Many white-collar crimes require concerted criminal activity by coconspirators. For example, a case of real-estate fraud may involve the knowing participation of an escrow officer, a buyer, an appraiser, and a bank officer, all of whom were willing to sign false documents to perpetrate a fraud for personal gain.
Fraudthe most common type of white-collar crime, involves obtaining money or services by making false representations or promises. The key question in these cases is ordinarily whether the defendant intended to deceive the victims or merely failed in an honest business venture.
One of the most common types of fraud involves telemarketing schemes that misrepresent the value, the terms of sale, or the use of the goods or services being sold. Perjuryobstruction of justicefalse statements, and witness tampering are also considered white-collar crimes.
Although the goal is not necessarily to obtain money or services, these crimes are illegal because they interfere with the proper functioning of the justice system. Bribery and extortion are more general, in that they constitute illegal means of influencing persons in power in public or private institutions.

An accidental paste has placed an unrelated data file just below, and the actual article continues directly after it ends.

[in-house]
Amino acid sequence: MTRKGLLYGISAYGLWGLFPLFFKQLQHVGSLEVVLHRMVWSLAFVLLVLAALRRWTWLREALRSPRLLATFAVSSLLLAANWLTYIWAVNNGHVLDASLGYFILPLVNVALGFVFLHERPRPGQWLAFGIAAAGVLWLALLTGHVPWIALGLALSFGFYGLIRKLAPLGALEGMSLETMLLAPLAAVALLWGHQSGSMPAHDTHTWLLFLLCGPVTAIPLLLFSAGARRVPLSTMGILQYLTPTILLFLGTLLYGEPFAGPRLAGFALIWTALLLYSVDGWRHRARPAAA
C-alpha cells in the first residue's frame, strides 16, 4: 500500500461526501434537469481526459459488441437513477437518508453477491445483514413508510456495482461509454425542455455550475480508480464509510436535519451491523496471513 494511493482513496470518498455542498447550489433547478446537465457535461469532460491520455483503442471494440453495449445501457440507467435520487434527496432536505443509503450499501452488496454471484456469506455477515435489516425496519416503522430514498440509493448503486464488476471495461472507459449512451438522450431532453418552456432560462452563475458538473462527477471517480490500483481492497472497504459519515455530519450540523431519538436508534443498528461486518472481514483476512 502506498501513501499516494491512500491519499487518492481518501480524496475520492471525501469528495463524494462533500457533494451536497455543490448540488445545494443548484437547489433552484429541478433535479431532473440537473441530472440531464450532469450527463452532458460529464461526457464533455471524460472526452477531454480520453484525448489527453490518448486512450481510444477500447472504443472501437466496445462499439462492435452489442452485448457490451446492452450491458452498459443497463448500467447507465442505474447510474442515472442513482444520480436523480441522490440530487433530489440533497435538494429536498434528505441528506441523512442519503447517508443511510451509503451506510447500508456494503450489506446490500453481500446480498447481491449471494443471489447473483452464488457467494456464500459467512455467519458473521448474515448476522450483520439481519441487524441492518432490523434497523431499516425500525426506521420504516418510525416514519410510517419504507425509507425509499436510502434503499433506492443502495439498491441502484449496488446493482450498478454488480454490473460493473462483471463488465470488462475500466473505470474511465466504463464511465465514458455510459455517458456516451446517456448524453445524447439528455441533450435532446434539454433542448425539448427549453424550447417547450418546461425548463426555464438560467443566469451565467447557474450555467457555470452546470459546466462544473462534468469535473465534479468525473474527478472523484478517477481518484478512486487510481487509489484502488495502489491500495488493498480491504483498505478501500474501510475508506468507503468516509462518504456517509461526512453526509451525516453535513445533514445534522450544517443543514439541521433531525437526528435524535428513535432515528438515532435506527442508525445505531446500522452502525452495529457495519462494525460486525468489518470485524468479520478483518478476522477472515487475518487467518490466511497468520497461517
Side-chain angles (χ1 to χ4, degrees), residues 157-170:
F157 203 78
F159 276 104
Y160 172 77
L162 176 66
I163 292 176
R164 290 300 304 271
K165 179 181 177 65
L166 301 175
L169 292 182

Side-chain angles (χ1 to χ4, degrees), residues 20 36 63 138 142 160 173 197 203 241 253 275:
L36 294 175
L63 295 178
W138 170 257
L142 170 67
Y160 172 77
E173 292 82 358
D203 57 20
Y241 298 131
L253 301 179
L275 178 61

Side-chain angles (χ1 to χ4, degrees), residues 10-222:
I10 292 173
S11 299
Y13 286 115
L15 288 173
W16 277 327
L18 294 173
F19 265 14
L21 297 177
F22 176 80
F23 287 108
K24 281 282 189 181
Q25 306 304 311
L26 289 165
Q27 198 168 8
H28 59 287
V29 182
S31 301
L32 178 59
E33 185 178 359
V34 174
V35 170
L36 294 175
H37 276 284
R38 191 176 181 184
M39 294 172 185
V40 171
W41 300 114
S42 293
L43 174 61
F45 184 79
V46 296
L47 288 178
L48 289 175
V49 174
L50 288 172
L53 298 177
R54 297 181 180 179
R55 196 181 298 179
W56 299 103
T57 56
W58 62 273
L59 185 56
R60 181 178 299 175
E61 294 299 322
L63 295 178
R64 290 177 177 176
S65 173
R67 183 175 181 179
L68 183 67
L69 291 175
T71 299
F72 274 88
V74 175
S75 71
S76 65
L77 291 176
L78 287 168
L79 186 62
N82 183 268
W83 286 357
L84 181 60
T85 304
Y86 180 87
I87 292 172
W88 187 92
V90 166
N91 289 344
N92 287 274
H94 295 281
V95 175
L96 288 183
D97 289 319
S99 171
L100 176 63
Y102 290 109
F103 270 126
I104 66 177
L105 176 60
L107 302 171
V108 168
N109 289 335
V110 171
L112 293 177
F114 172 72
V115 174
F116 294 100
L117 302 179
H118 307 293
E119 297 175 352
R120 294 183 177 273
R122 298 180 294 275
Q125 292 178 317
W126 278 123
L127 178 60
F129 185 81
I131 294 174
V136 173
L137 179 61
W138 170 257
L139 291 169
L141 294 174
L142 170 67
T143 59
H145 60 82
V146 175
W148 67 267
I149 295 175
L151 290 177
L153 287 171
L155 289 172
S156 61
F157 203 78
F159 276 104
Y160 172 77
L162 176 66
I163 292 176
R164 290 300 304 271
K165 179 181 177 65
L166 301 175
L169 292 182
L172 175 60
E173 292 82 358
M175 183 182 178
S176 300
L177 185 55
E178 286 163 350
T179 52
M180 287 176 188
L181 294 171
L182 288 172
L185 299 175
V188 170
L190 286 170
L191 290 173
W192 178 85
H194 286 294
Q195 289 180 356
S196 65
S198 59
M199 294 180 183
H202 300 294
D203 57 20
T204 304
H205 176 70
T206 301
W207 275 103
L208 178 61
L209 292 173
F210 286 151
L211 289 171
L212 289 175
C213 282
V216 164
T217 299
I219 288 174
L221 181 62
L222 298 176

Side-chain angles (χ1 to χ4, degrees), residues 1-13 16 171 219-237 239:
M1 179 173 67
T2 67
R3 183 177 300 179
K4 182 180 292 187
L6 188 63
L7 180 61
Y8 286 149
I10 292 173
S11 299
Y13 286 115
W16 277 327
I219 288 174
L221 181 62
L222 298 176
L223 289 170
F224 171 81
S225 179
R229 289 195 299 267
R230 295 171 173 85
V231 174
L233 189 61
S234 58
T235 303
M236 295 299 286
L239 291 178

Extortion is a threat made to obtain a benefit from either a public official or a private individual.The Common Characteristics Of The White Collar Offender The Common Characteristics of a White Collar Offender (STUDENT NAME) White Collar Crimes (INSTRUCTOR NAME) (DATE) The Common Characteristics of a White Collar Offender Anyone that has taken a class or even worked a “hint” of a white collar .
Wheeler, Stanton, "White Collar Crimes and Criminals" ().Faculty Scholarship Series. Paper How different is white collar crime from "common" crime, either in the nature of the offense or the offender? Is it reasonable to speak, as the concept implies, of a unitary phenomenon of white collar crime, or does the concept.
Interested in (CJ)-Writing Assignment Common Characteristics of the White Collar Offender Bookmark it to view later. Bookmark (CJ)-Writing Assignment Common Characteristics of the White Collar Offender. Although white-collar crimes are quite varied, most have several characteristics in common.
First, they involve the use of deceit and concealment, rather than the application of force or violence, for the illegitimate gain of money, property, or services. Common Characteristics of the White Collar Offender 2 To say that your ‘run of the mill,’ White-Collar criminals are ultimately the same, is a statement that does not and can not align with the actions and behaviors taken by these very criminals.
F. Scott Fitzgerald wrote in one of his early short stories, “They are different from you and me,” and was . The Common Characteristics of a White Collar Offender (STUDENT NAME) White Collar Crimes (INSTRUCTOR NAME) (DATE) The Common Characteristics of a White Collar Offender Anyone that has taken a class or even worked a “hint” of a white collar crimes understands that Edwin H.
Sutherland is responsible for coining the term.